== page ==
Director, Sir Jacob Sassoon High School, Byculla, Mumbai
The Indian educational framework has a system of automatic promotion to next class irrespective of marks obtained by the students. This no retention‘ along with a 35% marks in each subject leads the students to a class which may be above their ability level thus widening the discrepancy between the actual performance and the expected performance at that class.
The students go through mental trauma which becomes apparent in their academic and non-academic lives. They may drop out of school. These students need academic competence, adequate classroom survival skills, defined as non-academic behaviours such as attending class daily, arriving promptly at class, being prepared for daily lessons, meeting assignment deadlines, addressing teachers appropriately and following written and oral work.
These are smart and intelligent people but have difficulty with academics such as reading, writing, spelling and mathematics, leading to emotional and behaviour problems that leave teachers and parents puzzled. This invisible barrier that comes in the way of their learning is known as learning disability. A learning disability cuts across all ages and socio-economic classes. It is not a type of mental retardation as sometimes mistakenly believed, in fact, they have average or above average intelligence.
Students with learning disabilities will continue to be in regular schools. They constitute 10%-12% of the school going population. When education has become the right of every child, we have an obligation to ensure that every child of school going age must receive education in a manner that he is receptive to. Since it is noticed that teachers of primary and secondary schools generally do not have the techniques of teaching such children, this gap must be bridged. This demands the development of appropriate techniques of detection and intervention for such children who face learning problems in regular schools. Teaching strategies/remedial education can help the teachers to teach children so that they can learn to the best of their ability.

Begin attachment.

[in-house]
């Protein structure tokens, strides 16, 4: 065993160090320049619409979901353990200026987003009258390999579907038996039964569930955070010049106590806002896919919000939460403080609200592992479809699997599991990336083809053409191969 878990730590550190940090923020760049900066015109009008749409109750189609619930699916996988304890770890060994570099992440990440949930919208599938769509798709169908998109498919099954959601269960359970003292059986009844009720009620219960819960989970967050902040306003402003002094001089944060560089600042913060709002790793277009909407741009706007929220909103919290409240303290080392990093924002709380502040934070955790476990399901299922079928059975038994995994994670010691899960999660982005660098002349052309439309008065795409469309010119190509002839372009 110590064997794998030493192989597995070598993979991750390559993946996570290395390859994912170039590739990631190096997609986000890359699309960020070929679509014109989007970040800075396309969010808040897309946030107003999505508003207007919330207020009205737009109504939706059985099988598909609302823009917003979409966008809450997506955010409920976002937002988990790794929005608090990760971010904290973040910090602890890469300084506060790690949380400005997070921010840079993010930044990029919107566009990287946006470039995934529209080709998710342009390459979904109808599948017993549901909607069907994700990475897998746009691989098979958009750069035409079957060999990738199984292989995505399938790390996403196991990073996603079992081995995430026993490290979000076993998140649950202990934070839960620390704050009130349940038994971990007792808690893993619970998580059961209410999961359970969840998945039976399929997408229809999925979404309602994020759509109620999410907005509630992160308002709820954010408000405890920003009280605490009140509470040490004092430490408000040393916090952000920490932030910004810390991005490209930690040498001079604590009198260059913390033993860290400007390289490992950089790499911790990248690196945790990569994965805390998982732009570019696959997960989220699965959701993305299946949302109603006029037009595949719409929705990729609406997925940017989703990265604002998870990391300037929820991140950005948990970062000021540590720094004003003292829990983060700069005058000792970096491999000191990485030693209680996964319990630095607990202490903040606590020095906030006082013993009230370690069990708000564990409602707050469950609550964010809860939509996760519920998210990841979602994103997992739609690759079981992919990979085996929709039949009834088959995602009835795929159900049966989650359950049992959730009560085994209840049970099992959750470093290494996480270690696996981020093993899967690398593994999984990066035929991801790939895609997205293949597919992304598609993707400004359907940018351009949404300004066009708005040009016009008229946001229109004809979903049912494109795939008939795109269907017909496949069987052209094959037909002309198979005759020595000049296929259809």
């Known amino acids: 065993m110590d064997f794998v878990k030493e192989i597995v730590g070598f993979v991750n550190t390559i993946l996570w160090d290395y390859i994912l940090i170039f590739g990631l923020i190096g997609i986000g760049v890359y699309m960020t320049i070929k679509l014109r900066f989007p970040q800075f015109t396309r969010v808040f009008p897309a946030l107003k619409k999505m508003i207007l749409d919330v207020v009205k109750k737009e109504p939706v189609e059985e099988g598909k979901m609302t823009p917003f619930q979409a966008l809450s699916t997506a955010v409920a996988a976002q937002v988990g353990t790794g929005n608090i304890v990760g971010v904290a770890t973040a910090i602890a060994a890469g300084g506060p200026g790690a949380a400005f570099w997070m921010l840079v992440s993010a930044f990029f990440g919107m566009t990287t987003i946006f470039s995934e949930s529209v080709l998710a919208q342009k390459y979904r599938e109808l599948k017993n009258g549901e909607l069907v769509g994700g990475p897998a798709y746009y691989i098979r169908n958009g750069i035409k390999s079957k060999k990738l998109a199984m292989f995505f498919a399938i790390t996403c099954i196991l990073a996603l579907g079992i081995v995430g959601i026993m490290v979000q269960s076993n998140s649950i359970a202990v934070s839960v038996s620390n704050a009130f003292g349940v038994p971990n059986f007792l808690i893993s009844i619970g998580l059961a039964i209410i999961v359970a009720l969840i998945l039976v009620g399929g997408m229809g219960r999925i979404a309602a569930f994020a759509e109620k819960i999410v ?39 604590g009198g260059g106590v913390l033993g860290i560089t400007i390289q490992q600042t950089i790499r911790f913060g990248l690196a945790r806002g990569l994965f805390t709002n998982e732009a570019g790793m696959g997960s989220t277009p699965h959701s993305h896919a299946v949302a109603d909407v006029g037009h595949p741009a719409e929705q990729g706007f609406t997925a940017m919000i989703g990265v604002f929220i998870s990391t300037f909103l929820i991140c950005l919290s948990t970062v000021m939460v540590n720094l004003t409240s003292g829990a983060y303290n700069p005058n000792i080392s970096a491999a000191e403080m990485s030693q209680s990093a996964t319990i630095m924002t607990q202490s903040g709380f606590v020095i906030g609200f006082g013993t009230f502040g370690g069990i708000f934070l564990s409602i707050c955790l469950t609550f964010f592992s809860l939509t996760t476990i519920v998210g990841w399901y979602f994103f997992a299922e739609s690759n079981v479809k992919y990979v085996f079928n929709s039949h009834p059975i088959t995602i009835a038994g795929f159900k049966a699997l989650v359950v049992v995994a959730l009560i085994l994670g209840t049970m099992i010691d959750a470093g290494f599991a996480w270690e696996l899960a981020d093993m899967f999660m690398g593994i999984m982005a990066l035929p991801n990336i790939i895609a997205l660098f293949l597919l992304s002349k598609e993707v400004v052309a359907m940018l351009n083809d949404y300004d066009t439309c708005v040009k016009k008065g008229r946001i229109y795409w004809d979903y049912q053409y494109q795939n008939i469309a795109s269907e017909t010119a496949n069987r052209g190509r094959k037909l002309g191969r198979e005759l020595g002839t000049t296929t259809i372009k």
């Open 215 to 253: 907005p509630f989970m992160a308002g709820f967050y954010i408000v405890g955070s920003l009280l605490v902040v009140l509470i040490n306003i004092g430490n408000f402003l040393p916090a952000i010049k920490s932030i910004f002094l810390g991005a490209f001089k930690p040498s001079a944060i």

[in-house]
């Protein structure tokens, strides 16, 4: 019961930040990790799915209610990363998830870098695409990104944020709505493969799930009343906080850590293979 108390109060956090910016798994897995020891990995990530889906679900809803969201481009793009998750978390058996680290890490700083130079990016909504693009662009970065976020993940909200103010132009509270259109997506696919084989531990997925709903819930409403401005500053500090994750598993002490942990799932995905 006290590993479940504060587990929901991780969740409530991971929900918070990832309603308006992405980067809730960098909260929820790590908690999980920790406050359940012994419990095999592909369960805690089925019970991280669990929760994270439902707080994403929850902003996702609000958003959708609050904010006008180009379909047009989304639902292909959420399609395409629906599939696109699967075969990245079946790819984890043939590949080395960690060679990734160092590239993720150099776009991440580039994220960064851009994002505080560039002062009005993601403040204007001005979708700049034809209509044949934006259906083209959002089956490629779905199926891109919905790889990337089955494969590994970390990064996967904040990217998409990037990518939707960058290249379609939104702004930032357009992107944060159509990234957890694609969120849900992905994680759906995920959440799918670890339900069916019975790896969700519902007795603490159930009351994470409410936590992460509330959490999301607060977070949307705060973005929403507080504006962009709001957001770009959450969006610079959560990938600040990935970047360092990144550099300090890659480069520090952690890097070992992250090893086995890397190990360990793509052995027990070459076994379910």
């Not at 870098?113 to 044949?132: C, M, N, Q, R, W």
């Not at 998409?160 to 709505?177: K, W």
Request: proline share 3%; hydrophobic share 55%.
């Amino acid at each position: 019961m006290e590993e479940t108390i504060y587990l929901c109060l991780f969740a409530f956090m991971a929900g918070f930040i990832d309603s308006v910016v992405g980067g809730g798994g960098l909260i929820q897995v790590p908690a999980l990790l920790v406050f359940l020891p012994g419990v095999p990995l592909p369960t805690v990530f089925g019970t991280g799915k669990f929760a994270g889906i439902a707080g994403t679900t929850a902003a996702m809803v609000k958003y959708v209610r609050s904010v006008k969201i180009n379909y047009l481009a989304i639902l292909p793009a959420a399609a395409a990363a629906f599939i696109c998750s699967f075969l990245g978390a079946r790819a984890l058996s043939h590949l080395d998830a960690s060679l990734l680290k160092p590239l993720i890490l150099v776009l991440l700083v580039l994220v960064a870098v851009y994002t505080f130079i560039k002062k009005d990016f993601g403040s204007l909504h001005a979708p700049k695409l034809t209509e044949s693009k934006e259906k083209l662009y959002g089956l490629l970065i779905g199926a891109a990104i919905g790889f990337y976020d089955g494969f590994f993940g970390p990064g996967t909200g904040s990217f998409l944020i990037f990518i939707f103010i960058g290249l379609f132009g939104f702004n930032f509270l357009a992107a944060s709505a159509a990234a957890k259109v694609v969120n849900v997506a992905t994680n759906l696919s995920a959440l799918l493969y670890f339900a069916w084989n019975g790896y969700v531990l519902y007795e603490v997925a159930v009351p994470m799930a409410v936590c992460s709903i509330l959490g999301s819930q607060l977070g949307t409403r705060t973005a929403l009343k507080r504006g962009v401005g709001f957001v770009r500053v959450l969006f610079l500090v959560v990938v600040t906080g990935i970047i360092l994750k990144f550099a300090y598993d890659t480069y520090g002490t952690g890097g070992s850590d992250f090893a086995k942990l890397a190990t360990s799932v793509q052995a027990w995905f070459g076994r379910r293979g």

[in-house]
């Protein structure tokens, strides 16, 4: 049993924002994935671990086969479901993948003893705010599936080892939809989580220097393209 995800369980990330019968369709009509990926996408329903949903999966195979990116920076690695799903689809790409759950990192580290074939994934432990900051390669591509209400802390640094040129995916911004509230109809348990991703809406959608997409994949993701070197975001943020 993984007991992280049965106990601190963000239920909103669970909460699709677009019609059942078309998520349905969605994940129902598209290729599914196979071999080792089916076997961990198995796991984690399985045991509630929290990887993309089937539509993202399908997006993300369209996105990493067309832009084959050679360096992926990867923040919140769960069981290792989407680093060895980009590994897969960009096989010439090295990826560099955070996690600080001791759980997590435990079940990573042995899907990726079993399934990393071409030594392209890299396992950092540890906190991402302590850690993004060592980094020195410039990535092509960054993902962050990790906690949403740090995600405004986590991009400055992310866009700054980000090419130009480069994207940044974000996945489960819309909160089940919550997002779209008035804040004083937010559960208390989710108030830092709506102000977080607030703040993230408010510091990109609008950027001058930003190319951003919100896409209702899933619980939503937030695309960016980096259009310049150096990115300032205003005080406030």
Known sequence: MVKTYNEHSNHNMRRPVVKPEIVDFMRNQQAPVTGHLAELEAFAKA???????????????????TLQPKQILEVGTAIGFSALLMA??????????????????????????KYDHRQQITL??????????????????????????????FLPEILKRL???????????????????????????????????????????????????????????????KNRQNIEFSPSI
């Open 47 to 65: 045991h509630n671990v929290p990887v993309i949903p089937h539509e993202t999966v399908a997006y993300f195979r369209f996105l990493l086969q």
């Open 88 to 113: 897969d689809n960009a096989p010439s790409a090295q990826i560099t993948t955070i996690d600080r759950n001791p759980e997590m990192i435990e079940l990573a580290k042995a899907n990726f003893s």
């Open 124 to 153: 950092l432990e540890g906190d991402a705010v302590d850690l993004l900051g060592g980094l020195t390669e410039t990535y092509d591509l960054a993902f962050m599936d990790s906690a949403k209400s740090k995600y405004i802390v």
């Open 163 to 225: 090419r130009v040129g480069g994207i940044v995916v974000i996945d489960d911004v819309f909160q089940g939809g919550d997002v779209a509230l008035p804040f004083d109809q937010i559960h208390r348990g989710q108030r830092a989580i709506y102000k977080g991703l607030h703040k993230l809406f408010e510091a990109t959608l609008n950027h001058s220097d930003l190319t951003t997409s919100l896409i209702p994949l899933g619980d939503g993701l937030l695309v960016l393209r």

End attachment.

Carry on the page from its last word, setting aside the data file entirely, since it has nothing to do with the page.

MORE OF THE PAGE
The American Special Education law, the Individuals with Disabilities Education Act (IDEA, 2002) defines a specific learning disability:
“… a disorder in one or more of the basic psychological processes involved in understanding or in using language, spoken or written, that may manifest itself in an imperfect ability to listen, think, speak, read, write, spell or do mathematical calculations, including conditions such as perceptual disabilities, brain injury, minimal brain dysfunction, dyslexia, and developmental aphasia. However, learning disabilities do not include learning problems that are primarily the result of visual, hearing, or motor disabilities, of mental retardation, of emotional disturbance, or of environmental, cultural, or economic disadvantage.”
It is important to keep in mind two important facts hidden in the definition.
1. The learning disabled students show a discrepancy between achievement and intelligence. A discrepancy is any difference between two findings. To explain simply, a student placed at class IX happens to function to function at class V or VI level in reading, he has definite need for support in reading.
2. Handicaps such as mental retardation, visual and hearing impairment and emotional/ behavioural disorders must be ruled out.When a learning disability happens in the presence of factors such as low socio-economic environment, inadequate exposure to language, or lack of educational opportunities and other sensory handicapping conditions then it is considered a secondary condition. You must always remember that a primary learning disability does not include organic, sensory-type impairments.